With its fascinating history, idyllic market towns, infinite walking possibilities and exciting gourmet scene, Shropshire offers everything a traveller might need.
Quiet and beauty
Much of the rustic beauty of the region can be found within an Area of Outstanding Natural Beauty (AONB), designated in 1958 to protect and enhance the region’s hills, farmland, woods, valleys and batches, richly varied geology and diverse wildlife.
If you’re a hill walker, Shropshire’s natural geography with its farms and open countryside offer abundant opportunities for quiet contemplation. Wreathed in mystery and legend, as with the Stiperstones six-mile quest, or depicted on a medieval Mappa Mundi as with Titterstone Clee, Shropshire awaits your wanderings with a variety of routes.
To walk the Stiperstones on a clear day is uplifting and invigorating © Eddie Cloud, Shutterstock
There are waymarked trails starting from the Shropshire Hills Discovery Centre; from the highest ones in the Clee Hills to long-distance trails as Wild Edric’s Way, Shropshire walks’ will lead you high and low through its most beautiful valleys, hills and villages.
Another part of Shropshire’s charm is its peace and serenity, largely connected to the fact that Shropshire has one of the lowest county population densities in the UK.
A rural heritage
Due to the county’s farming heritage and its fertile soil, Shropshire yields delicious meat and fresh produce. They celebrate, as we all should, the importance and pleasures of the local, the seasonal, and often the organic.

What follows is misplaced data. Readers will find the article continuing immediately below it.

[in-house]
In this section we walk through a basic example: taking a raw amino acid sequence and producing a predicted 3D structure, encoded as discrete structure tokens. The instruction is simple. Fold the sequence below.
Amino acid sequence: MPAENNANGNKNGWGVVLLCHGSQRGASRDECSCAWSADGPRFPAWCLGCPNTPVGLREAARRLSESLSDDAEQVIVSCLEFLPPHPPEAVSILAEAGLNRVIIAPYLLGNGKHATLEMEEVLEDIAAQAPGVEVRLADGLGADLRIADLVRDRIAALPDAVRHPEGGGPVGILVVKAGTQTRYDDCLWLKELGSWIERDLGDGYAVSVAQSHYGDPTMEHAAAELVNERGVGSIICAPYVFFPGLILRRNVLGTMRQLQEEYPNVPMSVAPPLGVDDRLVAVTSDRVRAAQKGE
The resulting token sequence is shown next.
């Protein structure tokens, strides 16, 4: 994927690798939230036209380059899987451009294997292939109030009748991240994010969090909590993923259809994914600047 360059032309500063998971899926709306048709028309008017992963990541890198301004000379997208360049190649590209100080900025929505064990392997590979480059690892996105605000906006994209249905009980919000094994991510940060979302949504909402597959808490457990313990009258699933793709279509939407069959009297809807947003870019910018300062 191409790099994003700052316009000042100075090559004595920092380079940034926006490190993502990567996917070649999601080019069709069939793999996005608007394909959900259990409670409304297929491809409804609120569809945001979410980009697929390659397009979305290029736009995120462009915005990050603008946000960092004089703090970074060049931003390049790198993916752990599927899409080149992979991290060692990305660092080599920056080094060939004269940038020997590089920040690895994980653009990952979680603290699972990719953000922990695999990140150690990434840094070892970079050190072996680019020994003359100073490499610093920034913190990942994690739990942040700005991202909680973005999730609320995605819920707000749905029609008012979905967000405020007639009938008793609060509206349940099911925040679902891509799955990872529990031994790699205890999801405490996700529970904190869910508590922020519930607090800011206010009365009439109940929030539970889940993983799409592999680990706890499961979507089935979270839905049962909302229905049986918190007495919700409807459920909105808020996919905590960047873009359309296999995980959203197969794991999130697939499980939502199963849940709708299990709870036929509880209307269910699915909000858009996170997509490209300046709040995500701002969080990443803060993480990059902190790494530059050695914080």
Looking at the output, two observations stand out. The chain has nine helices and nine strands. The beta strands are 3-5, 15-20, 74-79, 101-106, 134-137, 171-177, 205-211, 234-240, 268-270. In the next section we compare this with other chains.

All around the county you’ll find beautifully presented farm shops, food festivals and innovative chefs working wonders with produce from Shropshire and its neighbouring counties. Ludlow’s reputation as a gourmet town is deservedly lasting, thanks to the Ludlow Food Festival, the UK’s first food festival and perhaps the most famous. It was originally set up in response to the building of a supermarket on the outskirts of town, understandably taken as a threat to Ludlow’s independent shops and producers.
In parts of Shropshire, local has always been the norm © Ashleigh Cadet, Ludlow Food Festival
Furthermore, Shropshire’s calendar is illuminated with festivals and fairs, celebrating everything from apples, flowers, steam machinery and ale to gingerbread, coracles and storytelling.
If you find cheer in beer, there’s a beer festival in Bishop’s Castle, where they celebrate the town’s two breweries and excellent pubs. One of them, the Three Tuns, happens to be the oldest working brewery in Britain.